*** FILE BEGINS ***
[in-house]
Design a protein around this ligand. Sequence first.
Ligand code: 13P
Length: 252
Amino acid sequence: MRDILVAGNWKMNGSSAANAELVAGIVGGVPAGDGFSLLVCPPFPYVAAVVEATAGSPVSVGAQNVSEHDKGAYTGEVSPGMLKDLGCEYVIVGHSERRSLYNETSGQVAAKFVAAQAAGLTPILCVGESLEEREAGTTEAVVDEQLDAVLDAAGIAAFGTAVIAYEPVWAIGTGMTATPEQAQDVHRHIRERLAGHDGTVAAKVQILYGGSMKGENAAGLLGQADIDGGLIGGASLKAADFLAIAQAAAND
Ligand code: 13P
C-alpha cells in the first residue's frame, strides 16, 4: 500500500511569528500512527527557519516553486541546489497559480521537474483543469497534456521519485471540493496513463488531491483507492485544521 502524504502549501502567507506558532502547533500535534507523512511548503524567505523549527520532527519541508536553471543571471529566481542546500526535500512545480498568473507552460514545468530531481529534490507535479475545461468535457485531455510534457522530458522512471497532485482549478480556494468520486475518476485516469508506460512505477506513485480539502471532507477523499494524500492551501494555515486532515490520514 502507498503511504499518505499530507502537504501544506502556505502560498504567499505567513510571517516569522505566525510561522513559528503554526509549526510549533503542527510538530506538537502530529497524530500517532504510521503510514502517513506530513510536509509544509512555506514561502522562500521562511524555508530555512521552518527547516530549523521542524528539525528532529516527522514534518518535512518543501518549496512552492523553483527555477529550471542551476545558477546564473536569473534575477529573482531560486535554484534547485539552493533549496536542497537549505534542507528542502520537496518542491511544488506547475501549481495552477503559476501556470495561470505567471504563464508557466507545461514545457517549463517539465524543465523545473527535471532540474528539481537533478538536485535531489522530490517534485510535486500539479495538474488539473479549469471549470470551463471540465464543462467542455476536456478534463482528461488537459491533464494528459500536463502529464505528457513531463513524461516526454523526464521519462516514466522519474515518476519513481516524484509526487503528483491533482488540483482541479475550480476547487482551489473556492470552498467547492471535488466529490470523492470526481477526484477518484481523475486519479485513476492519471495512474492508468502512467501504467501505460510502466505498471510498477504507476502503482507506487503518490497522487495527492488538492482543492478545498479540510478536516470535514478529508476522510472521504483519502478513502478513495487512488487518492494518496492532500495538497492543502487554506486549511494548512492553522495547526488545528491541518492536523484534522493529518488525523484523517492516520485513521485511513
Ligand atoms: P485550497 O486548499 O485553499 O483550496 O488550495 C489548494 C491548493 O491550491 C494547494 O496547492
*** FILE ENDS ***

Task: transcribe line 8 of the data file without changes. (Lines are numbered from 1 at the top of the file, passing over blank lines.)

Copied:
Ligand atoms: P485550497 O486548499 O485553499 O483550496 O488550495 C489548494 C491548493 O491550491 C494547494 O496547492